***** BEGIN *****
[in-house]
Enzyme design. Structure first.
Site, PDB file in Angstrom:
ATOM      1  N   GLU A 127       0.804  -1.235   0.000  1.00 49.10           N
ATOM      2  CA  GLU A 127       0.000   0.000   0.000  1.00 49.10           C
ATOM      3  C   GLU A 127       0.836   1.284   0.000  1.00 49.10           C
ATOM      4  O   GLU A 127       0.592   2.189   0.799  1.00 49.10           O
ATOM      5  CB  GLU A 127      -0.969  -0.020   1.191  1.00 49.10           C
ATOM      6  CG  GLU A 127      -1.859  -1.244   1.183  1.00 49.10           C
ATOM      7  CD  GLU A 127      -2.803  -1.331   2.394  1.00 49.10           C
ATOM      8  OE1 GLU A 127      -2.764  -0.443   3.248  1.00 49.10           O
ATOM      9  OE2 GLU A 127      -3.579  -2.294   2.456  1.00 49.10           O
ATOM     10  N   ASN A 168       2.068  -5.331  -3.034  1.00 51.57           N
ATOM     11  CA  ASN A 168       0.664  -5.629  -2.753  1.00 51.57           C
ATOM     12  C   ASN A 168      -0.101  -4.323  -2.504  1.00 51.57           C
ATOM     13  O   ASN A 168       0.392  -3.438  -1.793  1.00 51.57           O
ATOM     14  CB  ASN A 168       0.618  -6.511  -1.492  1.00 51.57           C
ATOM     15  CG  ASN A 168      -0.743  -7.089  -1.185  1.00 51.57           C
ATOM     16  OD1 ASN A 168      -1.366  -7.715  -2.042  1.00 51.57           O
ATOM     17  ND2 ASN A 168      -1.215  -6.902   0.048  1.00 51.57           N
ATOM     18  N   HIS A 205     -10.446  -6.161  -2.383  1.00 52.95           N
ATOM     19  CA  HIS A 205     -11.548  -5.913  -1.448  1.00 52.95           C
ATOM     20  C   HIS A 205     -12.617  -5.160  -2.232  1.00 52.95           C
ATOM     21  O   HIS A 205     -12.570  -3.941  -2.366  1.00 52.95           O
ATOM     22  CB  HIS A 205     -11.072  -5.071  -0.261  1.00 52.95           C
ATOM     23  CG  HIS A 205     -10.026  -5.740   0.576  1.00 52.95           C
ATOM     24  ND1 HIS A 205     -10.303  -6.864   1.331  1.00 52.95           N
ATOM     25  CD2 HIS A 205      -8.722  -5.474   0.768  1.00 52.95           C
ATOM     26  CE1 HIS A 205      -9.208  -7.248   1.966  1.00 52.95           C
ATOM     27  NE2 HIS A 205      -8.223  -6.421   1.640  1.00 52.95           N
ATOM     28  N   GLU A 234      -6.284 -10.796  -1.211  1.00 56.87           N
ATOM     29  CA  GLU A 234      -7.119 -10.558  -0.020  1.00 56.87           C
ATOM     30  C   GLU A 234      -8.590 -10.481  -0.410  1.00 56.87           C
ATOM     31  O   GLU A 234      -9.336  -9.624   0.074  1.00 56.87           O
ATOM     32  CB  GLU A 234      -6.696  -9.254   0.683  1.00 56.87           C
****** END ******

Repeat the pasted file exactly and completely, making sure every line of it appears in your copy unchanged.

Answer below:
[in-house]
Enzyme design. Structure first.
Site, PDB file in Angstrom:
ATOM      1  N   GLU A 127       0.804  -1.235   0.000  1.00 49.10           N
ATOM      2  CA  GLU A 127       0.000   0.000   0.000  1.00 49.10           C
ATOM      3  C   GLU A 127       0.836   1.284   0.000  1.00 49.10           C
ATOM      4  O   GLU A 127       0.592   2.189   0.799  1.00 49.10           O
ATOM      5  CB  GLU A 127      -0.969  -0.020   1.191  1.00 49.10           C
ATOM      6  CG  GLU A 127      -1.859  -1.244   1.183  1.00 49.10           C
ATOM      7  CD  GLU A 127      -2.803  -1.331   2.394  1.00 49.10           C
ATOM      8  OE1 GLU A 127      -2.764  -0.443   3.248  1.00 49.10           O
ATOM      9  OE2 GLU A 127      -3.579  -2.294   2.456  1.00 49.10           O
ATOM     10  N   ASN A 168       2.068  -5.331  -3.034  1.00 51.57           N
ATOM     11  CA  ASN A 168       0.664  -5.629  -2.753  1.00 51.57           C
ATOM     12  C   ASN A 168      -0.101  -4.323  -2.504  1.00 51.57           C
ATOM     13  O   ASN A 168       0.392  -3.438  -1.793  1.00 51.57           O
ATOM     14  CB  ASN A 168       0.618  -6.511  -1.492  1.00 51.57           C
ATOM     15  CG  ASN A 168      -0.743  -7.089  -1.185  1.00 51.57           C
ATOM     16  OD1 ASN A 168      -1.366  -7.715  -2.042  1.00 51.57           O
ATOM     17  ND2 ASN A 168      -1.215  -6.902   0.048  1.00 51.57           N
ATOM     18  N   HIS A 205     -10.446  -6.161  -2.383  1.00 52.95           N
ATOM     19  CA  HIS A 205     -11.548  -5.913  -1.448  1.00 52.95           C
ATOM     20  C   HIS A 205     -12.617  -5.160  -2.232  1.00 52.95           C
ATOM     21  O   HIS A 205     -12.570  -3.941  -2.366  1.00 52.95           O
ATOM     22  CB  HIS A 205     -11.072  -5.071  -0.261  1.00 52.95           C
ATOM     23  CG  HIS A 205     -10.026  -5.740   0.576  1.00 52.95           C
ATOM     24  ND1 HIS A 205     -10.303  -6.864   1.331  1.00 52.95           N
ATOM     25  CD2 HIS A 205      -8.722  -5.474   0.768  1.00 52.95           C
ATOM     26  CE1 HIS A 205      -9.208  -7.248   1.966  1.00 52.95           C
ATOM     27  NE2 HIS A 205      -8.223  -6.421   1.640  1.00 52.95           N
ATOM     28  N   GLU A 234      -6.284 -10.796  -1.211  1.00 56.87           N
ATOM     29  CA  GLU A 234      -7.119 -10.558  -0.020  1.00 56.87           C
ATOM     30  C   GLU A 234      -8.590 -10.481  -0.410  1.00 56.87           C
ATOM     31  O   GLU A 234      -9.336  -9.624   0.074  1.00 56.87           O
ATOM     32  CB  GLU A 234      -6.696  -9.254   0.683  1.00 56.87           C